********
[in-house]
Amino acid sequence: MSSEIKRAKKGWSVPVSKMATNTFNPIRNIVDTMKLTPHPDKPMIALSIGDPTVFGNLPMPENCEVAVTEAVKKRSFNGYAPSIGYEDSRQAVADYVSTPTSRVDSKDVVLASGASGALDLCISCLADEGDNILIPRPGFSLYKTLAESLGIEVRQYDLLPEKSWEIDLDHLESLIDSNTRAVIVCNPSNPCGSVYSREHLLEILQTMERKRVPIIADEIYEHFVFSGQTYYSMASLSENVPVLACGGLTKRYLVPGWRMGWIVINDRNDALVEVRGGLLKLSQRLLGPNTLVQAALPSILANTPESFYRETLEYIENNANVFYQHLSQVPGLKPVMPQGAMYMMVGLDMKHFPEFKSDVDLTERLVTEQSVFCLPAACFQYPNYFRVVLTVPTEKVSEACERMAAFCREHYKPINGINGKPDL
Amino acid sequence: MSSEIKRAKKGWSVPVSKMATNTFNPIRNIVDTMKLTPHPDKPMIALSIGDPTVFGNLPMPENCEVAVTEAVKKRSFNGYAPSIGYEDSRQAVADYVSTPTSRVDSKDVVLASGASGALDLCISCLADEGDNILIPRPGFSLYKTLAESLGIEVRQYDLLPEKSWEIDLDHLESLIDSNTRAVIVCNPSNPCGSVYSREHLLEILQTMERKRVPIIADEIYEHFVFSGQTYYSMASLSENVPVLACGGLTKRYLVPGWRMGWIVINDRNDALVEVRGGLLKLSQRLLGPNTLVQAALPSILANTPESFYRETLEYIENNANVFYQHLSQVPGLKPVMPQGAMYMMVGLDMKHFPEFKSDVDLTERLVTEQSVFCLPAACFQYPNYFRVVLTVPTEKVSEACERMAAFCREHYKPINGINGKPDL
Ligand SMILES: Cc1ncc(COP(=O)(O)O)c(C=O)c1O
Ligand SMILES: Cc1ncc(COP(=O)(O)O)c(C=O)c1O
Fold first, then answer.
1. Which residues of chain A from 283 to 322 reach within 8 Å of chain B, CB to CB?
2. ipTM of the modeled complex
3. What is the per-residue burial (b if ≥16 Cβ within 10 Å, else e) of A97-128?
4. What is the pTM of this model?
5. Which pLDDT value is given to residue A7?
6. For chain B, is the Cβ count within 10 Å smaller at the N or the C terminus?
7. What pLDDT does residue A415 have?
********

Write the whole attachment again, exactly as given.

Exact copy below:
[in-house]
Amino acid sequence: MSSEIKRAKKGWSVPVSKMATNTFNPIRNIVDTMKLTPHPDKPMIALSIGDPTVFGNLPMPENCEVAVTEAVKKRSFNGYAPSIGYEDSRQAVADYVSTPTSRVDSKDVVLASGASGALDLCISCLADEGDNILIPRPGFSLYKTLAESLGIEVRQYDLLPEKSWEIDLDHLESLIDSNTRAVIVCNPSNPCGSVYSREHLLEILQTMERKRVPIIADEIYEHFVFSGQTYYSMASLSENVPVLACGGLTKRYLVPGWRMGWIVINDRNDALVEVRGGLLKLSQRLLGPNTLVQAALPSILANTPESFYRETLEYIENNANVFYQHLSQVPGLKPVMPQGAMYMMVGLDMKHFPEFKSDVDLTERLVTEQSVFCLPAACFQYPNYFRVVLTVPTEKVSEACERMAAFCREHYKPINGINGKPDL
Amino acid sequence: MSSEIKRAKKGWSVPVSKMATNTFNPIRNIVDTMKLTPHPDKPMIALSIGDPTVFGNLPMPENCEVAVTEAVKKRSFNGYAPSIGYEDSRQAVADYVSTPTSRVDSKDVVLASGASGALDLCISCLADEGDNILIPRPGFSLYKTLAESLGIEVRQYDLLPEKSWEIDLDHLESLIDSNTRAVIVCNPSNPCGSVYSREHLLEILQTMERKRVPIIADEIYEHFVFSGQTYYSMASLSENVPVLACGGLTKRYLVPGWRMGWIVINDRNDALVEVRGGLLKLSQRLLGPNTLVQAALPSILANTPESFYRETLEYIENNANVFYQHLSQVPGLKPVMPQGAMYMMVGLDMKHFPEFKSDVDLTERLVTEQSVFCLPAACFQYPNYFRVVLTVPTEKVSEACERMAAFCREHYKPINGINGKPDL
Ligand SMILES: Cc1ncc(COP(=O)(O)O)c(C=O)c1O
Ligand SMILES: Cc1ncc(COP(=O)(O)O)c(C=O)c1O
Fold first, then answer.
1. Which residues of chain A from 283 to 322 reach within 8 Å of chain B, CB to CB?
2. ipTM of the modeled complex
3. What is the per-residue burial (b if ≥16 Cβ within 10 Å, else e) of A97-128?
4. What is the pTM of this model?
5. Which pLDDT value is given to residue A7?
6. For chain B, is the Cβ count within 10 Å smaller at the N or the C terminus?
7. What pLDDT does residue A415 have?